When we go into a new business to set them up on the (OS1) System, we often hear a common set of complaints. It doesn’t matter if it’s a laboratory on the east coast or a University in California. A very common set of issues exist for custodial professionals everywhere. So you know you’re not alone, we’ve pulled together a list of complaints and frustrations that we hear.

The top 10 frustrations experienced by custodial professionals include:

1. Not enough/broken/wrong equipment. People who don’t understand cleaning don’t realize that you need more than a vacuum and a microfiber mop to keep floor surfaces clean. In addition to cordless equipment, carpet extractors, burnishers, strippers and dryers are all necessary pieces of equipment to maintain and protect floor surfaces—at least if you don’t want to replace carpet or tile every few years. 

2. Chemical musical chairs. Too often, custodial professionals are at the whim of their purchasing department when it comes to buying cleaning chemicals. While the type of chemical might be the same, the brand might be different which can cause confusioTop n for custodial workers. Standardization is key in order to establish effective SDS programs and reduce injuries. 

3. Not enough mats/no matting at all. Keeping floors clean inside the building starts well before someone walks through the front door. A combination of scraper and entryway matting can help trap dirt before it tracks onto the floors. But adequate matting is only half of the puzzle—mats need to be regularly laundered so they can work as designed.

4.  No training resources. Overcoming the common misconception that “everyone knows how to clean” is one of the biggest challenges faced by custodial professionals. An effective custodial operation will have an established classroom training program that includes training aids, videos, work-flow charts and tools to assist with comprehension.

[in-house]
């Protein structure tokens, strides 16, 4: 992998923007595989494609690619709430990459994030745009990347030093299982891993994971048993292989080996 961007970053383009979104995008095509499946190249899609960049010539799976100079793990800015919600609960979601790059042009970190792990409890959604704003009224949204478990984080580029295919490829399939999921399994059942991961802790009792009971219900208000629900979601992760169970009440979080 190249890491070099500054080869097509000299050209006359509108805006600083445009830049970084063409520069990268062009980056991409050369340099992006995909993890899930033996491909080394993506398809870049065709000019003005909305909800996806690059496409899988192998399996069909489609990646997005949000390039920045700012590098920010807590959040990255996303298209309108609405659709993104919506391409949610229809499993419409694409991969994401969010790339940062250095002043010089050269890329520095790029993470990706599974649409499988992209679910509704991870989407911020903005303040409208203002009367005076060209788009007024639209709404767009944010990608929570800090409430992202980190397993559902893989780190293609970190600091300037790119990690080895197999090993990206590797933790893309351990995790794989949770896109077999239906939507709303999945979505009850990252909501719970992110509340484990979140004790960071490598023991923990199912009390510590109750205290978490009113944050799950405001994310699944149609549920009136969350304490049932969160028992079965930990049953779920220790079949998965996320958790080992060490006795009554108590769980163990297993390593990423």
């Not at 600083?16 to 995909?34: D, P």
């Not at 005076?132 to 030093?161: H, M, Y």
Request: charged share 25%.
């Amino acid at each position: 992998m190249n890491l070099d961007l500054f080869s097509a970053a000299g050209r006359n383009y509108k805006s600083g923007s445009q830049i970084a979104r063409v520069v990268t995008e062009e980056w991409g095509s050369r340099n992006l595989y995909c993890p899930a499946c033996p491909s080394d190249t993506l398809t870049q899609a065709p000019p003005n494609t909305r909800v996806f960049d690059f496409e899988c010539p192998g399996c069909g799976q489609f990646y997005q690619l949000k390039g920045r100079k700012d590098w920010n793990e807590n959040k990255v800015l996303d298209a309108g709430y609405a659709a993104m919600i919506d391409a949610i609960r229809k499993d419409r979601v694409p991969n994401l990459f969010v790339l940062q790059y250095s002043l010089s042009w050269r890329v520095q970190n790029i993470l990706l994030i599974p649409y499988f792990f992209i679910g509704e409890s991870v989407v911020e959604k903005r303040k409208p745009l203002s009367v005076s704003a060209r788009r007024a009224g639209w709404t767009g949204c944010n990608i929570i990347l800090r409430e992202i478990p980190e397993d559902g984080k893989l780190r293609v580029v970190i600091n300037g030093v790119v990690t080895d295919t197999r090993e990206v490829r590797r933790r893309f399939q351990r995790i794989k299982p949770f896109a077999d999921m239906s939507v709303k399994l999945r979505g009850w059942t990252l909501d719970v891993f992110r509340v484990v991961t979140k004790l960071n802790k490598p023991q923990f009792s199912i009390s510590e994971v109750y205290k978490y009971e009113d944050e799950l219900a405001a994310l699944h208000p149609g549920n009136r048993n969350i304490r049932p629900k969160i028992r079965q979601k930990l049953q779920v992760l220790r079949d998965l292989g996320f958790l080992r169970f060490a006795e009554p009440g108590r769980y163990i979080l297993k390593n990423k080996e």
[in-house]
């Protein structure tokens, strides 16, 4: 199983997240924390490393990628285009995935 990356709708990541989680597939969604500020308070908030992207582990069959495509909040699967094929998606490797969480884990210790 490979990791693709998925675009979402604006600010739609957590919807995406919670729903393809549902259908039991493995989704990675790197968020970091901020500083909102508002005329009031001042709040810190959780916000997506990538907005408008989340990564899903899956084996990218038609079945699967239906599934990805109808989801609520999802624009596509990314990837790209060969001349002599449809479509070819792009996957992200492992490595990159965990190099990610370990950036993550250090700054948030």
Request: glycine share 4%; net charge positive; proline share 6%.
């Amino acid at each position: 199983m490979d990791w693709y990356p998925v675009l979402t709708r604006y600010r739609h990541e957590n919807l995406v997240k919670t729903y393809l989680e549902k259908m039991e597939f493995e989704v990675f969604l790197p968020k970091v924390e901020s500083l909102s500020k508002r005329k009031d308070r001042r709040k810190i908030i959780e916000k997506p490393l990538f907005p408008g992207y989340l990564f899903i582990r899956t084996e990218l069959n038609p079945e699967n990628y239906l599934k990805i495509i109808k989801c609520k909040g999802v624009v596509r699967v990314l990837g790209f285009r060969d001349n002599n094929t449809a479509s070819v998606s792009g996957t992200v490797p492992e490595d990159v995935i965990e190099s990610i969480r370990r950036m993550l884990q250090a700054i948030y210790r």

A training classroom equipped with training materials is key to developing a high-performing and engaged custodial team.

5. Supervisory void/exasperated supervision. Supervisors are in a tough spot—not only are they responsible for overseeing custodial workers, they are also often the point of contact for building occupants whenever there’s an issue. Custodial supervisors need to be well trained to do the job properly— and well compensated.

6. Unmotivated staff/skeptical staff. When dealing with so many nationalities, personality types and ages, it can be tough to get custodial workers to rally behind a greater goal or the vision for creating a clean indoor environment. Training, compensation and a structure for advancement can all help workers buy-in to your organizational goals. 

7. Lack of respect. Every now and then, you’ll see a news story about an elementary school that surprises a custodian with a generous act to show their appreciation, but the large majority of custodial workers feel invisible in the buildings where they work. Even if employees work at night, recognizing workers through appreciation events such as International Housekeepers Week or Custodial Workers Recognition day can help bolster morale and help workers feel that they are respected. 

8. Rotating door. For a lot of people, custodial work is a “filler” job. By that, we mean that it’s something people do to supplement their income for a period of time or maybe it’s something that helps get them by in their pursuit of another position. This often leads to high turnover rates. Providing opportunities for advancement, recognition and living wage compensation will help close this door. 

9. Injuries. Because of the strenuous nature of custodial work, a lot of custodial professionals experience injuries— in fact, double the number of injuries compared to other industries. By training workers and helping them warm up for their work day, we can help reduce these injuries.

10. Lack of input. How many times has your department been tasked with cleaning a new building that you’ve had no input in designing? Not giving custodial professionals a seat at the table of broader organizational decisions (like new building construction) can leave money on the table.

Have an issue we haven’t covered? Let us know, we’ll add it to our next list!